Cadet Worlds | Bully’s Blog #6 – Light winds won’t break team spirit

By Tony Bull

Light conditions are creating challenges for the Cadet sailors at the Worlds in Bruinisse.

In Australia we grow up on a diet of sea breezes and firm winds. We do race occasionally in extremely light airs but it is somewhat of a rarity and we are not as conditioned in them as other nationalities.

This was quite obvious today in the very marginal conditions. The first few days were always going to be the lightest of our regatta according to our forecast. With slightly stronger breezes later in the regatta hopefully and 20 knots forecast on our lay day.

After a pretty good day yesterday in light winds, today’s sailing was held in marginal and at times drifting conditions of 0-5 knots. On the whole we did not cope well with these light and widely swinging winds with changes in direction of up to 90 degrees.


We did however have some good results with a couple of our worlds teams getting finishes in the teens which was fantastic in conditions that were completely foreign to them.

The success story of the regatta so far is our promotional fleet entry Peter Allen and Olly Grieves who have taken the lead in their regatta. They are sailing well and it is great to see them coming ahead in leaps and bounds.

On the worlds courses, Jacob Mcconaghy and Sam Hooper are hanging onto sixth overall, Charlie Goodfellow and Laurie Jeffs have slipped to 12th after just failing to finish within the time limit in the last race, more on that later.

Race 1 was started in drifting conditions and the wind did build a touch to be sailable but swung widely over the course of the race. Race 2 was similar and I can recall early getting quite excited as we appeared to be well placed with several  boats in the top 10 approaching the mark on a lifting tack from the left with the bulk of the fleet abeam of them to leeward. Literally one minute later it had completely reversed and the right was heavily favoured. But there was enough wind to keep the boats moving despite the shifting winds.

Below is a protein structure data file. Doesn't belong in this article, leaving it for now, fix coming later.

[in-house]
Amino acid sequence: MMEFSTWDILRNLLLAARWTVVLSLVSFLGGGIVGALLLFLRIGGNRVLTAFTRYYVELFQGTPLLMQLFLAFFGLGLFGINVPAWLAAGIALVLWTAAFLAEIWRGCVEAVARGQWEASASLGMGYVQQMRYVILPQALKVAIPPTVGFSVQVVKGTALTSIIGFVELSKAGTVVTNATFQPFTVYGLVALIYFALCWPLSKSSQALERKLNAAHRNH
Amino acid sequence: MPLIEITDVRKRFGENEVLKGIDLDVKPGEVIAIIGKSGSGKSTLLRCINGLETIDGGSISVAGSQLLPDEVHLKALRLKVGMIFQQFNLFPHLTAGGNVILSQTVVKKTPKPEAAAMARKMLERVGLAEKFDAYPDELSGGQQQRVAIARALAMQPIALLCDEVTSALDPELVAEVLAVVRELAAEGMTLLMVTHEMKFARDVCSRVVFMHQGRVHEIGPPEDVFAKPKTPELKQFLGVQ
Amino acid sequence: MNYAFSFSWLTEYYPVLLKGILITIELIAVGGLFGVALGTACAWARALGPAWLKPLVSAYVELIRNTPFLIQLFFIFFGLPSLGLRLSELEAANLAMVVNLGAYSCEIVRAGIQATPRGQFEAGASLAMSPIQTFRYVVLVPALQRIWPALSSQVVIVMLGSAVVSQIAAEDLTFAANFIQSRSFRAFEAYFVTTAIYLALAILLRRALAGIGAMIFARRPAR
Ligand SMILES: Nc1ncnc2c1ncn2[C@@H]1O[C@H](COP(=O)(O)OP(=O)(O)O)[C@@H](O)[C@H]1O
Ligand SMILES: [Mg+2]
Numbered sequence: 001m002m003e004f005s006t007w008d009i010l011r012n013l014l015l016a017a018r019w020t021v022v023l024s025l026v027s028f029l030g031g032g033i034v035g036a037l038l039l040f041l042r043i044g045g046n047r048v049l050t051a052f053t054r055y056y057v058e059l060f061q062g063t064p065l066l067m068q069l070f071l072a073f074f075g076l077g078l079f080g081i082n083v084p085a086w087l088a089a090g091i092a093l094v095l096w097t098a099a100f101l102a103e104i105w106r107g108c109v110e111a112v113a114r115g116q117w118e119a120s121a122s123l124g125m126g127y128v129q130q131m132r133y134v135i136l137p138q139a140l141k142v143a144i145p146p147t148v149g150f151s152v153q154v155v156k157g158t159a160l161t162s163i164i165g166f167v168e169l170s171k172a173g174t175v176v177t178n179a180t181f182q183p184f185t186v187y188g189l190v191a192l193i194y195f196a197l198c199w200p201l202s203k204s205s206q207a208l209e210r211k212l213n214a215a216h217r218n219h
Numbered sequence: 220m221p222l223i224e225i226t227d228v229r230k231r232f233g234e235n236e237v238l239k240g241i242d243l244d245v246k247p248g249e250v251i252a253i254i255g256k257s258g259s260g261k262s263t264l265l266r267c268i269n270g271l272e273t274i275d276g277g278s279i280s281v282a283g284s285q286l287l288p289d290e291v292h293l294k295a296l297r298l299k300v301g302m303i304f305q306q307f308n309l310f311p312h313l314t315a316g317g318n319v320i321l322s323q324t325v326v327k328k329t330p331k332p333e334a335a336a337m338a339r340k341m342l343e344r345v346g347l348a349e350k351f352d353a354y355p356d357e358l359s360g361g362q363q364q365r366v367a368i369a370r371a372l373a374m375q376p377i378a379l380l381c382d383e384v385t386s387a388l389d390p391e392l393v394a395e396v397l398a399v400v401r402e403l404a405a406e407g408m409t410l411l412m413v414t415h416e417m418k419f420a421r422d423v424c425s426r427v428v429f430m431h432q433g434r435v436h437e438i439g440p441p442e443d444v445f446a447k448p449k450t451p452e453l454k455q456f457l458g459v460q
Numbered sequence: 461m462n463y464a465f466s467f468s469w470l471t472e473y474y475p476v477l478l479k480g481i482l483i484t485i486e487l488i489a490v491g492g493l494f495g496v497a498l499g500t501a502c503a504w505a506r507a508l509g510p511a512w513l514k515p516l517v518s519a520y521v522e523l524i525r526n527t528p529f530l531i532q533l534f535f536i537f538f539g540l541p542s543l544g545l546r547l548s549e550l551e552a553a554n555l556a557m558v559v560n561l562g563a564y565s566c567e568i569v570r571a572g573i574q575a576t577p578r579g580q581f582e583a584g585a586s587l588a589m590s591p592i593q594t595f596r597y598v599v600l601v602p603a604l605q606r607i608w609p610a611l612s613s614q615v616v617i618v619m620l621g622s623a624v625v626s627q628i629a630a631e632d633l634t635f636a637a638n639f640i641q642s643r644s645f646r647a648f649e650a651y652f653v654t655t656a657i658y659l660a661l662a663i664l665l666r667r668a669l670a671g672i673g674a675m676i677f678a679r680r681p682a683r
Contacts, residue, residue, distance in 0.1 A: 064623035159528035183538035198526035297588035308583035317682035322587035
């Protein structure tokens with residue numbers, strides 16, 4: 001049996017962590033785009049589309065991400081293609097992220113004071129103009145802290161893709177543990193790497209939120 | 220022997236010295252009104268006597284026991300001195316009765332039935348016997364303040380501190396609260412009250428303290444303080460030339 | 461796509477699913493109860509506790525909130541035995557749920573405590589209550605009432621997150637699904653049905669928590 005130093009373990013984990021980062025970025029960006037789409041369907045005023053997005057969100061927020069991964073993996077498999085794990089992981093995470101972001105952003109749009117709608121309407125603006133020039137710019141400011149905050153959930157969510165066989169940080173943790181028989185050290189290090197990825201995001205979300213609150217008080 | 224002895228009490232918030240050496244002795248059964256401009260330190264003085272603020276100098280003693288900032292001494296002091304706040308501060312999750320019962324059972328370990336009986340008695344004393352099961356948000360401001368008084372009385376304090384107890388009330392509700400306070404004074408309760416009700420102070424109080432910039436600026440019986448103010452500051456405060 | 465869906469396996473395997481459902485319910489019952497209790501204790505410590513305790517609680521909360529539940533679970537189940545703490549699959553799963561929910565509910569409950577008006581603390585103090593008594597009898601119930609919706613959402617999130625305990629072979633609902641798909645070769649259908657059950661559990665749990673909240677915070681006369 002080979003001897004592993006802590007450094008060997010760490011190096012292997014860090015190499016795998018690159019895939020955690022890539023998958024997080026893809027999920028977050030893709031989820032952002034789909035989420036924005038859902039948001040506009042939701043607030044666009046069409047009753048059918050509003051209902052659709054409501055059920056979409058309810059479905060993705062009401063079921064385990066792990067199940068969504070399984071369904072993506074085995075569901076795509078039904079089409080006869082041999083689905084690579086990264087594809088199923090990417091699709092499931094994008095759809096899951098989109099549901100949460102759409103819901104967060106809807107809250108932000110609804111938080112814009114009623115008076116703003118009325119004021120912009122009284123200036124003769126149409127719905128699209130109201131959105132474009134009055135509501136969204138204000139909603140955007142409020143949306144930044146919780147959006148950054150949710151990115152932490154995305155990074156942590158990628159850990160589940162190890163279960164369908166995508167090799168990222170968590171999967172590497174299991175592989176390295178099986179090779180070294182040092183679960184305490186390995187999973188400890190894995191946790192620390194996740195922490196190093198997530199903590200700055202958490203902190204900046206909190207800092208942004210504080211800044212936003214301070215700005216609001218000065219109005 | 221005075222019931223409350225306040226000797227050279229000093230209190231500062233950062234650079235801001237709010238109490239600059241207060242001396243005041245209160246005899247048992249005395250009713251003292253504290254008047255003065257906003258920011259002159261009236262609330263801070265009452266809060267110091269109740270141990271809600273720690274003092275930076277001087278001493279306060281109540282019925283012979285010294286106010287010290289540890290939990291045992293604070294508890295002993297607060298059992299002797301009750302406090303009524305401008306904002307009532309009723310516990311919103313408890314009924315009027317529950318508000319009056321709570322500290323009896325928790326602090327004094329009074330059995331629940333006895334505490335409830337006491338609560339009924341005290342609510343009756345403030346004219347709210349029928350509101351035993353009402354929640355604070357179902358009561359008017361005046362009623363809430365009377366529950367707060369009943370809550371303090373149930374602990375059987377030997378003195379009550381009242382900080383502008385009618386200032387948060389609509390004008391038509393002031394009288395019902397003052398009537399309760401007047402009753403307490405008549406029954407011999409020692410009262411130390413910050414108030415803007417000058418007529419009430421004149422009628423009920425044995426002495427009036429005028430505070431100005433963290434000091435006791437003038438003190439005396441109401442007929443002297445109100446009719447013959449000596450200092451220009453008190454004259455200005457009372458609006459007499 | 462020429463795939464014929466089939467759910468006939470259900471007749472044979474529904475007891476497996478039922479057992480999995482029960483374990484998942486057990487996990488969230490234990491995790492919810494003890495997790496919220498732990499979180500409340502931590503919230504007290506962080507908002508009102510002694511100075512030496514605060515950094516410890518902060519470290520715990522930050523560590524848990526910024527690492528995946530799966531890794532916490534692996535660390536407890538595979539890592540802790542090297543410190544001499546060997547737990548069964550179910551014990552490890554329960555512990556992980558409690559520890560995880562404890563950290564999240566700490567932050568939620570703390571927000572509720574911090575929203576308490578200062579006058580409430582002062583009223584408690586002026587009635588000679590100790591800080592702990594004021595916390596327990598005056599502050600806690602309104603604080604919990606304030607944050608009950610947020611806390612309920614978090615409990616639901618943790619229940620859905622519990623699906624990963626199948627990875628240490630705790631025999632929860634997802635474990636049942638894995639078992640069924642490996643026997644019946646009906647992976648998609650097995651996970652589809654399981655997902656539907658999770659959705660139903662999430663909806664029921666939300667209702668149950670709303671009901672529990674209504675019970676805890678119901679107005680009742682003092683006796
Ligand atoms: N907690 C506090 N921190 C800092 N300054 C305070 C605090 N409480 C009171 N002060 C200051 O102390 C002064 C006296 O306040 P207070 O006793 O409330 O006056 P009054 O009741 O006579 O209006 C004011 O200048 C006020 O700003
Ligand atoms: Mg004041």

Peter Allen and Olly Grieves.
Peter Allen and Olly Grieves.

Race 3 was very controversial, as Race 2 came to a close the wind chose to soften even further. The AP (signifying a delay) flag went up after an aborted start. I, and I think most others, thought that would be it for the day. Waiting around for about 45 minutes before a light breeze filled in and the Race Committee hastened to get in a third race for the day. This was surprising as we have five scheduled sailing days and the lay day as reserve to complete our allotted 12 races although it is not absolutely a requirement to hold all the races if the weather in inclement enough not to race.

Race committees do like to get ahead and have some races “in the bank” as it were, particularly if the regatta forecast looks grim. We now have six completed races in our first two days.

The race turned into a farce with widely oscillating winds and spinnakers being used to get to the top mark and as the race progressed the wind disappeared completely and the whole fleet was becalmed. The first 21 boats were able to drift home, the others were declared DNF (did not finish) after the time limit elapsed.

The coaches briefing with the RC later this morning could be interesting!

The other seeming consequence (or blight) of sailing in these conditions is the number of yellow flags (penalties for illegal propulsion by kinetic movement) awarded by the on-water jury. On the first day, 20 per cent of the entire fleet was penalised. The first penalty is a 720-degree turn, subsequent ongoing penalties after this for the rest of the regatta will incur a retirement from that race. I can only imagine this number was added to significantly during yesterday’s racing as I could hear lots of whistles on the course. It is not uncommon to get two or three penalties per day but this is far and away the most I have seen and could be very regatta defining. We the Australian team have only scored one so far, which is encouraging.

Looking ahead we have a funny forecast, there is some wind early but appears to shut down early afternoon as rain comes in. Our lay day tomorrow is forecast for 15-20 knots then 8-10 for our last two sailing days at the moment.

With all the shoreside talk of yellow flags and race committees, we will focus our concentration on things we can control. We are here to sail our boats as well as we can in whatever conditions prevail. The team spirit is generally high although some are naturally disappointed. It was good to see so many come back last night after a very tiring and frustrating day to support Pete and Ollie with their great results at the Promotional prize giving.

Keep punching, Bully

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